What the Federal Election Results Mean for a Transportation Bill
(content from the Safe Routes to School National Partnership included with permission)
Last week's elections are resulting in many changes in Congress. First and foremost, Congressman James Oberstar (D-MN), Chairman of the Transportation and Infrastructure Committee, lost his House seat in a close re-election. Since the House of Representatives has changed to Republican control, there will be a shift in leadership at the House Transportation & Infrastructure Committee that governs transportation policy. Republicans will select their Committee chairs at the end of November, and it is expected that Rep. Mica (R-FL) will likely be selected to lead the Transportation Committee. The top "ranking member" spot for Democrats will likely go to either Rep. Rahall (D-WV) or Rep. DeFazio (D-OR).
In the Senate, Democrats retained control of the chamber and it is likely that the Committee on Environment and Public Works, which handles transportation, will remain under the leadership of Chairman Boxer (D-CA) and Ranking Member Inhofe (R-OK).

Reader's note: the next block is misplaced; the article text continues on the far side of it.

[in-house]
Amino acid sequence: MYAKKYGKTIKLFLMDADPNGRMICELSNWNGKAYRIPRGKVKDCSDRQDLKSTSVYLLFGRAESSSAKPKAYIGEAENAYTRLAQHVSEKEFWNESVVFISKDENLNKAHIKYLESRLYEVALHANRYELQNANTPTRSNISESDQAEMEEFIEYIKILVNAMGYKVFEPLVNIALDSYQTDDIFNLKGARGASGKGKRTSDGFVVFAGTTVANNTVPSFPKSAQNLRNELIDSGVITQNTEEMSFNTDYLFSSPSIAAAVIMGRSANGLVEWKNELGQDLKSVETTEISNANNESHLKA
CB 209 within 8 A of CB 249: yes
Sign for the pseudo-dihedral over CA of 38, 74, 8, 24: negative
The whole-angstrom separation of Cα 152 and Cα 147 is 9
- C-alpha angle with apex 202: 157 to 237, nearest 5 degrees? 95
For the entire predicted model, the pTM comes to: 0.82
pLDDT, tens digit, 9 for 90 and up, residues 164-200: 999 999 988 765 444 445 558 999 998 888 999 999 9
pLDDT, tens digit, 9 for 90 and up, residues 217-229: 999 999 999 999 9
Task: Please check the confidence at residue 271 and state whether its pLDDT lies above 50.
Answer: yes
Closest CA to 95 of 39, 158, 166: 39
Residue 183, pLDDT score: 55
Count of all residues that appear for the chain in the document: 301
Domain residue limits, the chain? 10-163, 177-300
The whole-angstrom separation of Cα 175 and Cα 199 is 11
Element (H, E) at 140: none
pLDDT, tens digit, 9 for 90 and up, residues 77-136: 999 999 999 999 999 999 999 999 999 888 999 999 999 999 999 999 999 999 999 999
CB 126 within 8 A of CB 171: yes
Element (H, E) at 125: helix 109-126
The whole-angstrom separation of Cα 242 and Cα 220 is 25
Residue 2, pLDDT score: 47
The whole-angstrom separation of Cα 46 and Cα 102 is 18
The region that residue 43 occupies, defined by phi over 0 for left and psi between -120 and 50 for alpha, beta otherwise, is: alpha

In terms of the overall transportation bill, the presumed House Transportation Chair Mica has already gone on the record indicating that he will work hard to pass a robust, long-term transportation bill. Getting that done will require bipartisan collaboration in a split Congress. And, funding the transportation bill remains a problem - Congress will have to identify a new revenue sources amenable to both Republicans and Democrats, or move forward with a smaller transportation bill. In the meantime, Congress must pass a transportation extension before December 31, 2010. A shorter extension could indicate that Congressional leaders are interested in working on a multi-year transportation bill.
Fatal Crashes Drop Among 16 and 17 Year Old Drivers
As reported in the October 22 issue of the CDC Morbidity and Mortality Weekly Report, the rate of 16 to 17 year old drivers involved in fatal crashes decreased from 27.1 (per 100,000 population) to 16.7 (per 100,000 population) in four years.
This drop between 2004 and 2008 continues an extended decline. The CDC notes that states interested in further reducing fatal crashes involving young drivers should "reexamine and update graduated driver licensing (GDL) programs, and communities should vigorously enforce laws on minimum legal drinking age, blood alcohol concentration (BAC), and safety belt use."
Conference on the Health of Commercial Truck Drivers
The CDC has indicated that the average life expectancy for a commercial truck driver is a staggeringly brief 61 years, which is 16 years lower than the national average. The first International Conference on Commercial Driver Health and Wellness was held earlier this month in Baltimore, Maryland. The conference united motor carriers, academic researchers, health officials and state transportation officials to better understand the health challenges for drivers and to determine what can be implemented as solutions.